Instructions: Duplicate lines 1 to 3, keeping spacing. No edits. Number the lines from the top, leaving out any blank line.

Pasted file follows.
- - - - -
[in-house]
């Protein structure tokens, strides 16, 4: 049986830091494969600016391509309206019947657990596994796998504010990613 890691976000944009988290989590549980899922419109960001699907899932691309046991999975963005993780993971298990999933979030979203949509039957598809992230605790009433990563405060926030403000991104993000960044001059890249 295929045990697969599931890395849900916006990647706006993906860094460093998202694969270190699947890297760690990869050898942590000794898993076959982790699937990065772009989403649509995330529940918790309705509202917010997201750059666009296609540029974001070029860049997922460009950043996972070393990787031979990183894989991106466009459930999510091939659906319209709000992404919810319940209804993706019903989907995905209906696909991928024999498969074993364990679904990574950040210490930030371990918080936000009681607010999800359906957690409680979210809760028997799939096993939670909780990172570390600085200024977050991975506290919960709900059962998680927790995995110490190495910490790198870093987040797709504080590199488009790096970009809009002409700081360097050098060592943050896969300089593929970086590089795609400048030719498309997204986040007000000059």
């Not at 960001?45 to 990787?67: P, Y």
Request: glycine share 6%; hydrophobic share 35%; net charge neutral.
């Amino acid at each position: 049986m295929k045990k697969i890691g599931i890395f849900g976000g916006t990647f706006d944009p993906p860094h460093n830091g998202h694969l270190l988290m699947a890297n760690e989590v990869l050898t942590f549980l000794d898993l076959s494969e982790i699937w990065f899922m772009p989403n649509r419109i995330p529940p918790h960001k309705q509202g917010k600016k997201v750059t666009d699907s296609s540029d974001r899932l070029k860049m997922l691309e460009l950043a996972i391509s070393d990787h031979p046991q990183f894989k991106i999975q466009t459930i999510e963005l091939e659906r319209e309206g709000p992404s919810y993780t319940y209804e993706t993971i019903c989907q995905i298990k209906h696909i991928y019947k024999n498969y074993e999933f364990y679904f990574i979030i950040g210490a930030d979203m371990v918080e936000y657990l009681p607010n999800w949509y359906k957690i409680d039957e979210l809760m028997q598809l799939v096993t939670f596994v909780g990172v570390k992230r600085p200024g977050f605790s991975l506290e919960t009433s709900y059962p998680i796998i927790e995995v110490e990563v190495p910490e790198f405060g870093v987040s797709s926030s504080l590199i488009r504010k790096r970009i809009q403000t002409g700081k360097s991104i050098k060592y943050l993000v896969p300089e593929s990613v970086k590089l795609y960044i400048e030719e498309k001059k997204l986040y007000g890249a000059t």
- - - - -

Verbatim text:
[in-house]
């Protein structure tokens, strides 16, 4: 049986830091494969600016391509309206019947657990596994796998504010990613 890691976000944009988290989590549980899922419109960001699907899932691309046991999975963005993780993971298990999933979030979203949509039957598809992230605790009433990563405060926030403000991104993000960044001059890249 295929045990697969599931890395849900916006990647706006993906860094460093998202694969270190699947890297760690990869050898942590000794898993076959982790699937990065772009989403649509995330529940918790309705509202917010997201750059666009296609540029974001070029860049997922460009950043996972070393990787031979990183894989991106466009459930999510091939659906319209709000992404919810319940209804993706019903989907995905209906696909991928024999498969074993364990679904990574950040210490930030371990918080936000009681607010999800359906957690409680979210809760028997799939096993939670909780990172570390600085200024977050991975506290919960709900059962998680927790995995110490190495910490790198870093987040797709504080590199488009790096970009809009002409700081360097050098060592943050896969300089593929970086590089795609400048030719498309997204986040007000000059």
């Not at 960001?45 to 990787?67: P, Y």